The digital media revolution often seems to be centered on the badly managed migration of traditional entertainment to the Net. Theres plenty of drama in the music and video wars, but thats not where the enterprise opportunity lies. The same technologies can create new customer relationships, develop new supply chain alliances, and use cost-effective computing and networking tools to give enterprise offerings new presence at the points where they can have the most effect.
At the ContentWorld conference earlier this month in Los Angeles, I saw several perspectives on new medias opportunities. The least compelling were those that followed the "horseless carriage" model: taking a familiar experience and trying to transplant it into a different environment. What got my attention, and what should engage yours as well, were approaches that break down current retail experiences and supply chain interactions into their key components and look for ways to either eliminate friction or introduce new function.
When I talk about a horseless- carriage model, Im thinking of early auto- mobiles that shared stylistic flourishes with the horse-drawn wagons of the time. It took a while to develop a new idea of what a car should look like, with new form flowing from new function: Automobiles needed windshields to protect a drivers eyes from bugs, not mud shields to protect riders from dirt thrown up by hooves.
In the same way, Ive seen elaborate concepts for virtual movie theaters that have virtual lobbies with virtual ice cream sellers or virtual town squares with virtual hangouts populated by virtual party goers. These novelties will be short-lived. Entertainment is an experience, not a product, and people quickly become impatient with irrelevant decoration. When I want to listen to music, why would I want to waste bandwidth on an animation of a spinning CD surrounded by animations of vibrating speakers, as I saw in one of the ContentWorld demos?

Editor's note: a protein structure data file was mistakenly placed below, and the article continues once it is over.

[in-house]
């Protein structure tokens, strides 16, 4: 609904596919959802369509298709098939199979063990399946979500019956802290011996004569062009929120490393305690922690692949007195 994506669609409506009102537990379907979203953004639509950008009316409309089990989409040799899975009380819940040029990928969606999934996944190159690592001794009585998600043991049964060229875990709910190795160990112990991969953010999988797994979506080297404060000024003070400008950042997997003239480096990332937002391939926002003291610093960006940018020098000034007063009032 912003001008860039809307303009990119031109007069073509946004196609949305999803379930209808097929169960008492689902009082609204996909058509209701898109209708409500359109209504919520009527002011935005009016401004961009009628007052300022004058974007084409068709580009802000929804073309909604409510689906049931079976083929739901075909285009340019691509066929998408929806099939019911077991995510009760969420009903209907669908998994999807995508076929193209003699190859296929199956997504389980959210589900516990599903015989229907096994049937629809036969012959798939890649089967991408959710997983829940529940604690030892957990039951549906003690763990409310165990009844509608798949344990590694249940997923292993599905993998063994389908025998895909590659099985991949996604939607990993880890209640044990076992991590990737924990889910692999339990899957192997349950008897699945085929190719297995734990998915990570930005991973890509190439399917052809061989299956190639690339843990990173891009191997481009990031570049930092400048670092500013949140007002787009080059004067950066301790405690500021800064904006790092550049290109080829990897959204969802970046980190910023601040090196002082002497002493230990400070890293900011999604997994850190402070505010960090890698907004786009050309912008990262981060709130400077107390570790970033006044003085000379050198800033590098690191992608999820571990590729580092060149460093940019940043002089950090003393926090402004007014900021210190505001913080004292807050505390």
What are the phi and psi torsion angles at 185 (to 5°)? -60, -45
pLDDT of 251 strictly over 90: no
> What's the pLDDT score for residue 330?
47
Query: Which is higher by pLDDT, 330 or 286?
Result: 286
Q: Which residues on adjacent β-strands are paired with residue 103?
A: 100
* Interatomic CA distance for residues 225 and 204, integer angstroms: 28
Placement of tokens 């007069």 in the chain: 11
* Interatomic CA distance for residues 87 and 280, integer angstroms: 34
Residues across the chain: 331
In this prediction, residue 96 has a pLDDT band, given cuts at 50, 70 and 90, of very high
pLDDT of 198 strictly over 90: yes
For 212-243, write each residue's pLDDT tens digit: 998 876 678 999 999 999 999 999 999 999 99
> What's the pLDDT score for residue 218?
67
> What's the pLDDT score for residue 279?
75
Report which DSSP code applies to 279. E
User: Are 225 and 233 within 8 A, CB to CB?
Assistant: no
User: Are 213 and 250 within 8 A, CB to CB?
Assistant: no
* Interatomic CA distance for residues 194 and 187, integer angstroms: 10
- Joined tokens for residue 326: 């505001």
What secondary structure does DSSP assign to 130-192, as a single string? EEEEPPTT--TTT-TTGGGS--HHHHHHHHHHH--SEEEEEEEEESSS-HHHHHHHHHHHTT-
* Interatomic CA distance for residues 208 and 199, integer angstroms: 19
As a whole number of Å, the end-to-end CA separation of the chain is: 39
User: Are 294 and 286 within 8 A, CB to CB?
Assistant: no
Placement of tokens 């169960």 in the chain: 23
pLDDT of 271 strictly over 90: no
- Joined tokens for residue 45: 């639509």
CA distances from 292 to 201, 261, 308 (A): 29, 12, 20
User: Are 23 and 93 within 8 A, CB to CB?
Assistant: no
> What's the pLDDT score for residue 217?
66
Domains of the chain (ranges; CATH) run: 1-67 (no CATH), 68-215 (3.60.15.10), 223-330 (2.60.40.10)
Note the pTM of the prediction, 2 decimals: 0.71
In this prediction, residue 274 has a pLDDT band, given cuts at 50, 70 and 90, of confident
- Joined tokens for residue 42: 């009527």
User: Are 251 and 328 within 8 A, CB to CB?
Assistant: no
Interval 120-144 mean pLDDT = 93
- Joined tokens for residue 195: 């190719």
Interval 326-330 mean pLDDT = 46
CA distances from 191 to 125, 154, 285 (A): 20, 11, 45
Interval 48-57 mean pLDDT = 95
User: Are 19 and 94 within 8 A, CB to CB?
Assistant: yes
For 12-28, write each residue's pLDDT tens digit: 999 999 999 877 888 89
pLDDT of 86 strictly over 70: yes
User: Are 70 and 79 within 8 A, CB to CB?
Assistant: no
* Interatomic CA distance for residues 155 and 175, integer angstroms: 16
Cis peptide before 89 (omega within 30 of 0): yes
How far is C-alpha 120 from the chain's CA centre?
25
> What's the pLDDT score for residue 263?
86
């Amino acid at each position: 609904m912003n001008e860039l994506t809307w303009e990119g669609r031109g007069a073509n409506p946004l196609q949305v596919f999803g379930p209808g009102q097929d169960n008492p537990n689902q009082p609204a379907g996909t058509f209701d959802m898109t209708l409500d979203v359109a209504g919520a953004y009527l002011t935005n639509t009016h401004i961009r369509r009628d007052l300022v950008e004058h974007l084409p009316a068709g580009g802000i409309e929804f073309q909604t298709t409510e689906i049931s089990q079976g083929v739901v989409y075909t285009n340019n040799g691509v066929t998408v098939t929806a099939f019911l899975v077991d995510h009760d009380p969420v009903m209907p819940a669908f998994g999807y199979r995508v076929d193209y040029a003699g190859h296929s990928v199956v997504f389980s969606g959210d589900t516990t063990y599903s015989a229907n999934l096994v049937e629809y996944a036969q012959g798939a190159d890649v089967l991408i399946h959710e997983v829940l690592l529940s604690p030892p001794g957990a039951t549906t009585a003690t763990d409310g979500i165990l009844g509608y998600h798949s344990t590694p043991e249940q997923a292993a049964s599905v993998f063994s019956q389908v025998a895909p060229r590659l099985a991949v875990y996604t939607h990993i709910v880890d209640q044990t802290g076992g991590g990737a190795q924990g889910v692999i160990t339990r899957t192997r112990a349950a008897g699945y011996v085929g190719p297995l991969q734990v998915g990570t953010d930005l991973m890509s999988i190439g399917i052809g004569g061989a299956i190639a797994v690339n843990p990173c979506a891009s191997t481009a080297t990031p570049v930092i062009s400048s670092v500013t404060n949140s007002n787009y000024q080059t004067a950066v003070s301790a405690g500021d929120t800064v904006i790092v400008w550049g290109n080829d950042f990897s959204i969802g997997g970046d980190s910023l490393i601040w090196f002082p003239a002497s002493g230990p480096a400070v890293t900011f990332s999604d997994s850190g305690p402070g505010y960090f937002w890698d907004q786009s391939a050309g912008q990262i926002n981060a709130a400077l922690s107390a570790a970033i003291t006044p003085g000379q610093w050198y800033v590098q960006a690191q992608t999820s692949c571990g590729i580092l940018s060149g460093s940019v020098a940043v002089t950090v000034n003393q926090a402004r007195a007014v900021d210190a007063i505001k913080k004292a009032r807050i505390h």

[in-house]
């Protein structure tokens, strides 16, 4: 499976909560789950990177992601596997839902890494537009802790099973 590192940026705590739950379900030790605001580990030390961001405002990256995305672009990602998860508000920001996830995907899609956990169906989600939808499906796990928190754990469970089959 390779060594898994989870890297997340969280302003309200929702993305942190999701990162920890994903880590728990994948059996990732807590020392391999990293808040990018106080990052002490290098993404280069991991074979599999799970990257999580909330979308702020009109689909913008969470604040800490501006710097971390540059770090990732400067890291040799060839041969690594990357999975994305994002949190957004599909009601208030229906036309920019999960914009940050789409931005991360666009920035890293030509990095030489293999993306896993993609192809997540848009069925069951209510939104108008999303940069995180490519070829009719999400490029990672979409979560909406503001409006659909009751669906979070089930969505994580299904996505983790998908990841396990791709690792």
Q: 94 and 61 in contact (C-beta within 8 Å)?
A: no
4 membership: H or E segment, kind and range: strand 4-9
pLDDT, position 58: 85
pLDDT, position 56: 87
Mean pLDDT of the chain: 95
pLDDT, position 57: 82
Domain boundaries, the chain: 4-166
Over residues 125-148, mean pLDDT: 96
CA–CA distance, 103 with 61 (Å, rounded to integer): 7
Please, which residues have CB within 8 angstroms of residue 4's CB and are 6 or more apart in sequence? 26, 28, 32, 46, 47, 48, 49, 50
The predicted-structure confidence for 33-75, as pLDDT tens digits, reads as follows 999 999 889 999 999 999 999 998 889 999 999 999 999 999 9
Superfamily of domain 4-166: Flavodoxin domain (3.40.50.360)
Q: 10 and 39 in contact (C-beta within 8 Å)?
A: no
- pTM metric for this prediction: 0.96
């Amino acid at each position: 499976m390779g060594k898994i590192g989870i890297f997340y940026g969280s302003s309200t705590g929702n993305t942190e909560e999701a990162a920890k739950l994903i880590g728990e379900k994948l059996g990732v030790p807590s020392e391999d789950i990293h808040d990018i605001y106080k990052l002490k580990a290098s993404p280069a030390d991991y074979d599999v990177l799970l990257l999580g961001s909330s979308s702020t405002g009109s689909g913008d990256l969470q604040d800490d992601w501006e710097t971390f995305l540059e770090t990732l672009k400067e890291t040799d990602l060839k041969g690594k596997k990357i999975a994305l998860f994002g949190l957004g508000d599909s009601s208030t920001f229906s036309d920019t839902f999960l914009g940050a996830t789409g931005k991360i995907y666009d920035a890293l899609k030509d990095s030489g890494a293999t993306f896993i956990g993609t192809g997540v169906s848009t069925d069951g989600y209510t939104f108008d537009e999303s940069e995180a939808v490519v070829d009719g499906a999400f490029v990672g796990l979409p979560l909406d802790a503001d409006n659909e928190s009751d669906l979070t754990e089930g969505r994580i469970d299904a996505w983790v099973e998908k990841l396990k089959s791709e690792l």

Information consumes attention, as Release 1.0 tech newsletter writer Esther Dyson reminds us, and I want to guard the resource of my attention more zealously than any other. Its something that once spent, I can never replace.
But in retail spaces, digital media can dramatically expand the options available for delivering value to customers. Any customer who walks in the door has made an investment in getting there. The customers mere presence says things about qualification and readiness to buy any number of related products and services. We should be building on that level of interest to make the visit more valuable to the customer, without making it any more expensivein fact, making it less sofor the venue.
For example, observed IBM Vice President for Digital Media Warren Hart when we spoke after his ContentWorld keynote speech, bank executives in Japan have realized that a branch is more than a place where customers come to get cash. Its a valuable point of contact with consumers who are highly likely, merely by virtue of having active bank accounts, to be prospects for insurance, loans and other financial services.
Its proving highly cost-effective, said Hart, to put plasma displays in bank branch lobby kiosks that offer, not repurposed TV commercials, but "net new content," as Hart put it: informative material that can generate interest in any number of products and services, not limited to those that are offered by the bank. The customer getting a home loan, after all, is almost by definition a prospect for new furniture or home improvement supplies. Why not let a home loan applicant know about sales at the local department storesespecially if the stores will share the cost of the system?
Hart also observed that traditional retailers are using advanced media tools to show customers, for example, what a sofa will look like in any of several thousand possible fabrics or how various fabrics and paint colors will look in their rooms. Texture mapping and other techniques, developed for tasks such as wrapping a realistic-looking dinosaur skin around a computer-animated T. rex, move readily to the floor of a furniture store.
"Plan, create, manage, distribute and transact," said Hart. "Those are key verbs." Bear them in mind, and youll transform digital media from mere eye candy to a smorgasbord of strategic value. Discuss this in the eWEEK forum.
Technology Editor Peter Coffee can be contacted at firstname.lastname@example.org.
Peter Coffee is Director of Platform Research at salesforce.com, where he serves as a liaison with the developer community to define the opportunity and clarify developers' technical requirements on the company's evolving Apex Platform. Peter previously spent 18 years with eWEEK (formerly PC Week), the national news magazine of enterprise technology practice, where he reviewed software development tools and methods and wrote regular columns on emerging technologies and professional community issues.Before he began writing full-time in 1989, Peter spent eleven years in technical and management positions at Exxon and The Aerospace Corporation, including management of the latter company's first desktop computing planning team and applied research in applications of artificial intelligence techniques. He holds an engineering degree from MIT and an MBA from Pepperdine University, he has held teaching appointments in computer science, business analytics and information systems management at Pepperdine, UCLA, and Chapman College.